What is it?
It’s what would be called sheer bloody-mindedness if it happened in Britain. Subaru only sells 600,000 cars a year; half in Japan, most of the rest in countries where you’d barely measure the interest in a small diesel engine with a micrometer.
Yet Subaru has just developed, on its own and purely because its European retailers asked it to, the first boxer diesel ever fitted to a car. Subaru might only end up making 30,000 units a year, in most countries the engine won’t be sold at all and its design is so restrictive that no other manufacturer will buy it.
Obstinacy? Not a bit of it, says Subaru, whose argument is this: our petrol engines are boxers because they’re light, compact, smooth and mate easily to a 4WD transmission if aligned just-so. So our diesels must be the same. Consider it, then, dedication to engineering rightness.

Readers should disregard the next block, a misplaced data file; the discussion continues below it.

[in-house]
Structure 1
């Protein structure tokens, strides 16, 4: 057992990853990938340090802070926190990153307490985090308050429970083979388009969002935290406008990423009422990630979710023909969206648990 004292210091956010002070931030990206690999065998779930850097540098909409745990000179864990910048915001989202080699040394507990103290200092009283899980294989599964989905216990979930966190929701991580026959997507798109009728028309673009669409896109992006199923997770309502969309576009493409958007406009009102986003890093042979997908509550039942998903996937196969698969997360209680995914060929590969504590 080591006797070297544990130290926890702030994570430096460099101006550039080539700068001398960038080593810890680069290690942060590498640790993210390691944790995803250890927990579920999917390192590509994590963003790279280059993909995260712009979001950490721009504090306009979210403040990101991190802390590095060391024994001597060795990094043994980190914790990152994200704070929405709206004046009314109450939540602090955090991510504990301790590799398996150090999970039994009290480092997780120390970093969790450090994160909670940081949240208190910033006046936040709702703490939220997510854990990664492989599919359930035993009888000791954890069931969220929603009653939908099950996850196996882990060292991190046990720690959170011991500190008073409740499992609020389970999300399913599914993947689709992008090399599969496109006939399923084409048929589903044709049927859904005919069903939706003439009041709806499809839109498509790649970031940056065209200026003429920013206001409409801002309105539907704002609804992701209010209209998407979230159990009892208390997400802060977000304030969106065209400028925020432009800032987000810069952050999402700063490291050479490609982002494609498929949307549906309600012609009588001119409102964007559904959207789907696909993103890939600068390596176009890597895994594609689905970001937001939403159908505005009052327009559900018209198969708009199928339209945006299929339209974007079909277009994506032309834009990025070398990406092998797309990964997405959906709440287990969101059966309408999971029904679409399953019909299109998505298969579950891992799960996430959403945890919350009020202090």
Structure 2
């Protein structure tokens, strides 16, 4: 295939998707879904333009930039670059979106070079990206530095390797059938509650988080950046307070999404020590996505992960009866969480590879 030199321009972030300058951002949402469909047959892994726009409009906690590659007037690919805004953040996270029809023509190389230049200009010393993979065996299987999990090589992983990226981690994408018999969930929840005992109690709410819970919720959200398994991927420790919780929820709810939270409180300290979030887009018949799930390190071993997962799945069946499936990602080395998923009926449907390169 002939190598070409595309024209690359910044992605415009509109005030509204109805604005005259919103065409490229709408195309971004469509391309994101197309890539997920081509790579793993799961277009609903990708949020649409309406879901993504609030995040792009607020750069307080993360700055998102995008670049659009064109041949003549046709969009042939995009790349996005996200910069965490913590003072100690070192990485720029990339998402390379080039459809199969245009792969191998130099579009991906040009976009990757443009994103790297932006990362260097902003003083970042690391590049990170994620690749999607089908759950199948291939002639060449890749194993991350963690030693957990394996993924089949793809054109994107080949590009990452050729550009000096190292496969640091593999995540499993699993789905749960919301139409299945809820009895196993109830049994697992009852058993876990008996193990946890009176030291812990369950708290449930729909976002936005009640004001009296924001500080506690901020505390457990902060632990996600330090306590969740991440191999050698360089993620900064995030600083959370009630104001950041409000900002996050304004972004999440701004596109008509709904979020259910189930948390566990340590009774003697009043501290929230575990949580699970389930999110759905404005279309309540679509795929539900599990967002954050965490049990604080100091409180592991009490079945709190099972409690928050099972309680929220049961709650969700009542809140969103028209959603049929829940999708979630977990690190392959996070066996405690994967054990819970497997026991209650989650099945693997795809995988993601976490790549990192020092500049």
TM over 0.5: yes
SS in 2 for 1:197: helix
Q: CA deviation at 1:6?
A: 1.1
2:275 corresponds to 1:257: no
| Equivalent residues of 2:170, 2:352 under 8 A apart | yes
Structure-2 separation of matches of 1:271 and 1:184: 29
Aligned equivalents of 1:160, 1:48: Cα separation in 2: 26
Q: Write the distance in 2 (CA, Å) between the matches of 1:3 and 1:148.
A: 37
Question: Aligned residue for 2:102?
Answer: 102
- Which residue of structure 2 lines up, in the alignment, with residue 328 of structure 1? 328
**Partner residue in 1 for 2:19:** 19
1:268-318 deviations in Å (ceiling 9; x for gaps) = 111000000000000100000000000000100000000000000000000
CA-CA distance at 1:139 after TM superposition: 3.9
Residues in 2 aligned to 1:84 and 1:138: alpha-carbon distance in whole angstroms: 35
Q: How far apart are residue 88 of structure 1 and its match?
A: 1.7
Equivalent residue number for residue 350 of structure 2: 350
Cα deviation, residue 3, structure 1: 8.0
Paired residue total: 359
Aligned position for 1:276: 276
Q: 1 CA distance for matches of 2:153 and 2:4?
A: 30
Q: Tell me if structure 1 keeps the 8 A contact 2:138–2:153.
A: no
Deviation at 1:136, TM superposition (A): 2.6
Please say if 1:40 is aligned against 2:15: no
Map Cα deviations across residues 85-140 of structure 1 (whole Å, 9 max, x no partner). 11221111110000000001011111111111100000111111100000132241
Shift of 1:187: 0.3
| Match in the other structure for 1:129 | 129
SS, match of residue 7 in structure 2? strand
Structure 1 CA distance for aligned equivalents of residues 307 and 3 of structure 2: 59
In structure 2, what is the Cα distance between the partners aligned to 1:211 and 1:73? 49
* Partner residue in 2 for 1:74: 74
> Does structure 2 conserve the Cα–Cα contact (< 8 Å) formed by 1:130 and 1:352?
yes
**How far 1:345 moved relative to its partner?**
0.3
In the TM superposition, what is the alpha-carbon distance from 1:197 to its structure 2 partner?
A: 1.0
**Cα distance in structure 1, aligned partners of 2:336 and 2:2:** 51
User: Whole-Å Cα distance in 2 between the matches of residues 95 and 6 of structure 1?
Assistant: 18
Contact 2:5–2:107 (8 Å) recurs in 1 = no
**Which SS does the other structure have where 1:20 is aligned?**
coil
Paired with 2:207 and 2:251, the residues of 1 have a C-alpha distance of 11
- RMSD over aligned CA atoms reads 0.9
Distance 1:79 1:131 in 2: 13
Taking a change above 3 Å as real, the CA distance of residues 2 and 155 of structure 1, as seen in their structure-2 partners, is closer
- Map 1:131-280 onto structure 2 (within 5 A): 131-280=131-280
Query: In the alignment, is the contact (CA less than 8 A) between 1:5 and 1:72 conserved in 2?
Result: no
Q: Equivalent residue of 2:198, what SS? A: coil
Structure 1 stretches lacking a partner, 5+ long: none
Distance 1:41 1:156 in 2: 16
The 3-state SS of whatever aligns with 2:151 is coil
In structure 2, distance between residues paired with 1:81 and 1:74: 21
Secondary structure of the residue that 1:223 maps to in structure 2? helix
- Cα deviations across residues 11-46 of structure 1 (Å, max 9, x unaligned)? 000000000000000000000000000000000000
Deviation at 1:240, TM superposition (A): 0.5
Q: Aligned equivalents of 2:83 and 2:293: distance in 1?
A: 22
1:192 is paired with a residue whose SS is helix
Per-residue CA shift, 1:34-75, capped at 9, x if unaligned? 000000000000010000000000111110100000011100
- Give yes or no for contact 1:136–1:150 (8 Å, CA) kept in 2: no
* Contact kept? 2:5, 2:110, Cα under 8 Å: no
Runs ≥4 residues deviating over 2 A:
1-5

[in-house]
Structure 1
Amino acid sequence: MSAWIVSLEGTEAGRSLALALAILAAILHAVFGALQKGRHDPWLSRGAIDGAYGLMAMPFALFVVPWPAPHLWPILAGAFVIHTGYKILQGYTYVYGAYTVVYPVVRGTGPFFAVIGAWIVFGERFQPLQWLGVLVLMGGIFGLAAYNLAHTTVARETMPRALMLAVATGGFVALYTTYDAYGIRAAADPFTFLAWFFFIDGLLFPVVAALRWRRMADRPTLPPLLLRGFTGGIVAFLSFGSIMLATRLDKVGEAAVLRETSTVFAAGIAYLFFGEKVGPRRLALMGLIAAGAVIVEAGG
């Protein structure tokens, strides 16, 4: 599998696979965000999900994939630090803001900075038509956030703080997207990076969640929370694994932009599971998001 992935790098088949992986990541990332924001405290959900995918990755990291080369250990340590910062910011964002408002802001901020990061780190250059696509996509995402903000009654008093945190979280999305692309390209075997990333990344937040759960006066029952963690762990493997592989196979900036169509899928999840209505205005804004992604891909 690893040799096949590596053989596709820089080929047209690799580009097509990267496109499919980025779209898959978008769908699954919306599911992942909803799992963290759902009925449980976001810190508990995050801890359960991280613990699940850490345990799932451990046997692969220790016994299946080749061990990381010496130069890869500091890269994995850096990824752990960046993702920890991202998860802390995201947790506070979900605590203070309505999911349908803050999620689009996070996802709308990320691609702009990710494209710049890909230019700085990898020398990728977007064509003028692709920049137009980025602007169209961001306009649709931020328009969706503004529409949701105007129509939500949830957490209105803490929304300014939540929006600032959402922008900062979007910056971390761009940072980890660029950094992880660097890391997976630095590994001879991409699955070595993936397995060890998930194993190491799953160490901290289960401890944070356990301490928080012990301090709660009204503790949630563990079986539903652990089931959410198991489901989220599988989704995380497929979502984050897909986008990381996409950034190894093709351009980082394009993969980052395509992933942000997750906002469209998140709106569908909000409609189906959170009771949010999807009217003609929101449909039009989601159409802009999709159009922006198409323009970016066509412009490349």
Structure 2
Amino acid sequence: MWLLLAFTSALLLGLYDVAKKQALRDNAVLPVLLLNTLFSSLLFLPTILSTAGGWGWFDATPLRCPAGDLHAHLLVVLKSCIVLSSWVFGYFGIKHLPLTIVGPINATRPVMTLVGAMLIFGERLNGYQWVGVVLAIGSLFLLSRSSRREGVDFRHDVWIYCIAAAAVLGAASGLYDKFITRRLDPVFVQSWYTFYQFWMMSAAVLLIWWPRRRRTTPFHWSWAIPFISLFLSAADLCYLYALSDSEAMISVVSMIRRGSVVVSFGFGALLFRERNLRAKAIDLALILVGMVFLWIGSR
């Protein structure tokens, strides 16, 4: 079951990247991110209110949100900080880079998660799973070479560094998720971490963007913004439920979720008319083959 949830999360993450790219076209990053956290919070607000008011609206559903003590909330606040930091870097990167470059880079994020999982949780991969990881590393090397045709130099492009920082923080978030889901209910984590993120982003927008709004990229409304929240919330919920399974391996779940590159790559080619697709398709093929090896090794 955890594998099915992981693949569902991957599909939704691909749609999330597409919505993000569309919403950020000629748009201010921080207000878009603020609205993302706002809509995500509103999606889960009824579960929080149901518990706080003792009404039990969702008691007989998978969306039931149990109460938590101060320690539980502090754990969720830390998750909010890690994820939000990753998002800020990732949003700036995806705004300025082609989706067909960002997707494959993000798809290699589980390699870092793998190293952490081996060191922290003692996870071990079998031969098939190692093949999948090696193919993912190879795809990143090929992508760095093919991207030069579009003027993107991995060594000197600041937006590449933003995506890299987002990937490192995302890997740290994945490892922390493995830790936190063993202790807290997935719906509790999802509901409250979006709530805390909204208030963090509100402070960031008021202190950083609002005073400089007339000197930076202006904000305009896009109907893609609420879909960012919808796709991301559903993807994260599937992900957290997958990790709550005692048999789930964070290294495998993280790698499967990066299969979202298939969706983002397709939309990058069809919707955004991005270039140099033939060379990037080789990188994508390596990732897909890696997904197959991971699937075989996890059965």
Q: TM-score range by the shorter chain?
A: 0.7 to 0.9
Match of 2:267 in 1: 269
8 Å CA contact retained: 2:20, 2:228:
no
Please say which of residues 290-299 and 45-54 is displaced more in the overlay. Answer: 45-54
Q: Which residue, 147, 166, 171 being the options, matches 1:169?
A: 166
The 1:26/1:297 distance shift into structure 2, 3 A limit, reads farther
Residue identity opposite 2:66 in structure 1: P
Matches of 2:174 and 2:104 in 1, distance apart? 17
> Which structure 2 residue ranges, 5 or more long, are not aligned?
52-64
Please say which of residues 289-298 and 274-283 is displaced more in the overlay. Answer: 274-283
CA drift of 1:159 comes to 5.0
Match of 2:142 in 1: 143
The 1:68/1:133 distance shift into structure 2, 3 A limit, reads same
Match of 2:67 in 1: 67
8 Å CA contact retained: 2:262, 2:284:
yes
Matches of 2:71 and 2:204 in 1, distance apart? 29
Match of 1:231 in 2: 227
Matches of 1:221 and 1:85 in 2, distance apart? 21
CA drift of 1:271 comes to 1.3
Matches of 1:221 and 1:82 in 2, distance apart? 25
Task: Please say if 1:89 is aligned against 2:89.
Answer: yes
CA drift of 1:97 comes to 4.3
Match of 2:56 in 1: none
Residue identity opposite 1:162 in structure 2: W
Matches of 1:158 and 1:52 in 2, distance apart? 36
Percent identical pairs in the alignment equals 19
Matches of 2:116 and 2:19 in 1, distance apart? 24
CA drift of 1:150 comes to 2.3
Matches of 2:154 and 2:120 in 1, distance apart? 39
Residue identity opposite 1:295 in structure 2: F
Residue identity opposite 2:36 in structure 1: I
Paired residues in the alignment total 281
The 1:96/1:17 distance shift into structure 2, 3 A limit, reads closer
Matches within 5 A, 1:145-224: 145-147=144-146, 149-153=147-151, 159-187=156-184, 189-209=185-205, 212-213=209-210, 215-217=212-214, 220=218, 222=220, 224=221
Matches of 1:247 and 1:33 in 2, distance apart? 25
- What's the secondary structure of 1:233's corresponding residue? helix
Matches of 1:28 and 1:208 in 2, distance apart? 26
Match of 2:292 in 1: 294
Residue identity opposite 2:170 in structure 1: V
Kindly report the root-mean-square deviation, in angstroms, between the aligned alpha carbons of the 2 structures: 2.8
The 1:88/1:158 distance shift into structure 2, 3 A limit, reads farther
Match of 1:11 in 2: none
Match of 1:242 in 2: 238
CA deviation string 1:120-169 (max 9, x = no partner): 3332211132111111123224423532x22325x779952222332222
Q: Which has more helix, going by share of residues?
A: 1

‘It’s Here’, is Subaru’s strapline. “Who cares?” will be the answer across 85 per cent of the planet. But here it is: the new Legacy 2.0 diesel.
What’s it like?
Worth the development money. Every bit as compact as Subaru’s petrol units, the new engine’s a horizontally opposed 2.0-litre, with equal bore and stroke and a very short crankshaft to limit vibration and noise.